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Decidedly Mod Behaviour: Julien Temple Talks Absolute Beginners
Ian Schultz , July 21st, 2016 04:36

Just ahead of its overdue release on Blu-Ray, Ian Schultz sits down with director Julien Temple to discuss his ultra-stylish 'flop', Absolute Beginners

Since the late ‘70s Julien Temple has been documenting Britain on both the big and small screen. His debut film was The Great Rock 'n' Roll Swindle, which still remains controversial amongst punk rock fans. Temple somewhat rectified it with The Filth And The Fury which told the Pistols’ story through the band members instead of their manager Malcolm McLaren.

Throughout the ‘80s Temple made some of the most iconic music videos of the era for artists like Culture Club, David Bowie and Dexys Midnight Runners. However he had a itching to go a step further and direct a narrative feature film, which culminated in Absolute Beginners, an adaptation of Colin MacInnes 'Mod bible' of the same name.

The film is a technical marvel from the highly acclaimed opening tracking shot to the end. However it was blamed for the undoing of Goldcrest Films and was considered by the media to be a British Heaven’s Gate. Temple was forced to flee the UK to Hollywood so he could get work, but in more recent years he has returned to the UK and has made a strong succession of music documentaries. Absolute Beginners is also available on Blu-Ray for the first time from next week.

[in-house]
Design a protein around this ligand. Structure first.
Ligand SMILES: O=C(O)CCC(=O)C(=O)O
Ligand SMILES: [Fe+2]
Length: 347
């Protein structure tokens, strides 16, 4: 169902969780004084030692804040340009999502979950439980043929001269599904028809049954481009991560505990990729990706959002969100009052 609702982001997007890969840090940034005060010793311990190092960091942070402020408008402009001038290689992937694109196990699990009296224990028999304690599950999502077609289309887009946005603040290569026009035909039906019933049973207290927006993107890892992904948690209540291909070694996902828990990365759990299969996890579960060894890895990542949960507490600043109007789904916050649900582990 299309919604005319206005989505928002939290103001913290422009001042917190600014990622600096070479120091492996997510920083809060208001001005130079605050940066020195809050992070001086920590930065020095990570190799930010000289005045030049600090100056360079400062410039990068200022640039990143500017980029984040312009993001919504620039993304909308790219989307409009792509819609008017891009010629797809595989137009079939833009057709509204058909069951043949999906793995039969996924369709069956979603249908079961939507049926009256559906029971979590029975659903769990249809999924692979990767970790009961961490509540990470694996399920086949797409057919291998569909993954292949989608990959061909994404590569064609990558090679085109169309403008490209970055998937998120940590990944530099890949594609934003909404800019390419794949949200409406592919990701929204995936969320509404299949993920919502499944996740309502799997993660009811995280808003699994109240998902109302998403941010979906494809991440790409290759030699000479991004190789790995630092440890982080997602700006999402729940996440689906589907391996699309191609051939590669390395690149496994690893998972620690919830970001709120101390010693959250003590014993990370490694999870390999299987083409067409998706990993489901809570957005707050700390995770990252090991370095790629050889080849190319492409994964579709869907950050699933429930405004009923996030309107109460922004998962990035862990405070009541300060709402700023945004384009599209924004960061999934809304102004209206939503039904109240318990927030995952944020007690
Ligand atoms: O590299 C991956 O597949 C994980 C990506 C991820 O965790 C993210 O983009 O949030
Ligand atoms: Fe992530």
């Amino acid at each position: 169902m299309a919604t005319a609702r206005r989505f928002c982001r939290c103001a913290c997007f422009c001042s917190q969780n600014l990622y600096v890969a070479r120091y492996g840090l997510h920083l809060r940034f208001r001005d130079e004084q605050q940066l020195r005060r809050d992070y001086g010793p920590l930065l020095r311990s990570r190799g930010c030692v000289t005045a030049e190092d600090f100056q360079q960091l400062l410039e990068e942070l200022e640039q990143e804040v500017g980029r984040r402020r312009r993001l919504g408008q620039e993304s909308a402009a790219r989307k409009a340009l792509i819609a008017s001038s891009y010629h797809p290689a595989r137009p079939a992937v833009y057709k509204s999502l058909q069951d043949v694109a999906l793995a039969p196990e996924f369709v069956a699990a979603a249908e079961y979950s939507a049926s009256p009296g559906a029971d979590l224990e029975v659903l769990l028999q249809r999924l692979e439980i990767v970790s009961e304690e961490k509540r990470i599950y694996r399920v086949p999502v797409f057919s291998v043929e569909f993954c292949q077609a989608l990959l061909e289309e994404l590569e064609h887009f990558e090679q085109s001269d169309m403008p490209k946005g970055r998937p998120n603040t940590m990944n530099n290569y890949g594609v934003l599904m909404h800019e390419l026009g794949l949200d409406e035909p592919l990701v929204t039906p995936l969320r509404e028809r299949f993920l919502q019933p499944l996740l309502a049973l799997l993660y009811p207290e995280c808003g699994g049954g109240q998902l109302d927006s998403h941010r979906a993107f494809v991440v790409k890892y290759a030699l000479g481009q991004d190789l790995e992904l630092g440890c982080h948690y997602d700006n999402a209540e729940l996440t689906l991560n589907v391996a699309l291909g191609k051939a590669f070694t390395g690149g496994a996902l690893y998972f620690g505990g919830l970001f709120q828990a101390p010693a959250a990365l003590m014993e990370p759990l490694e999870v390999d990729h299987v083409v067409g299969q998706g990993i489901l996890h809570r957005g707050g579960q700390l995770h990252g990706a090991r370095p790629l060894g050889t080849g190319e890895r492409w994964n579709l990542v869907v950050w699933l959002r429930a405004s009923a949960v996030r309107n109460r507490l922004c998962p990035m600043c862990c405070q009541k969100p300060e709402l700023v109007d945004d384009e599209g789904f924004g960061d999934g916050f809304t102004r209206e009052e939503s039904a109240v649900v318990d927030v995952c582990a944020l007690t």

How do you feel about the Absolute Beginners Blu-Ray coming out after all these years?

Julien Temple: Yeah, it was circling Pluto for 30 years or 35 years, whatever it is, so it’s good to see it back in orbit. Yeah, I mean the whole thing is mixed emotions to me—it was kind of brutal baptism of fire in a lot of ways and I obviously didn’t get to finish editing it - we were kicked off of the shoot. So, you know, I do feel like it’s kind of a botched thing in some ways. I think there’s some fantastic things about this film, which is why it's probably survived, but it was flawed in certain areas that I hold myself responsible for. Also the nature of the way we were treated didn’t help at the time, and I had to leave England after shooting it, because I couldn’t get any work here. I had to survive the kind of mental meltdown that goes with that kind of thing. So it’s mixed emotions. I’m proud that it looks good on Blu-Ray, because you spend a lot of time making it look good, but yeah - a cocktail of emotions

One of the things the film is known for is the great tracking shot at the beginning. What is your favourite cinematic tracking shot?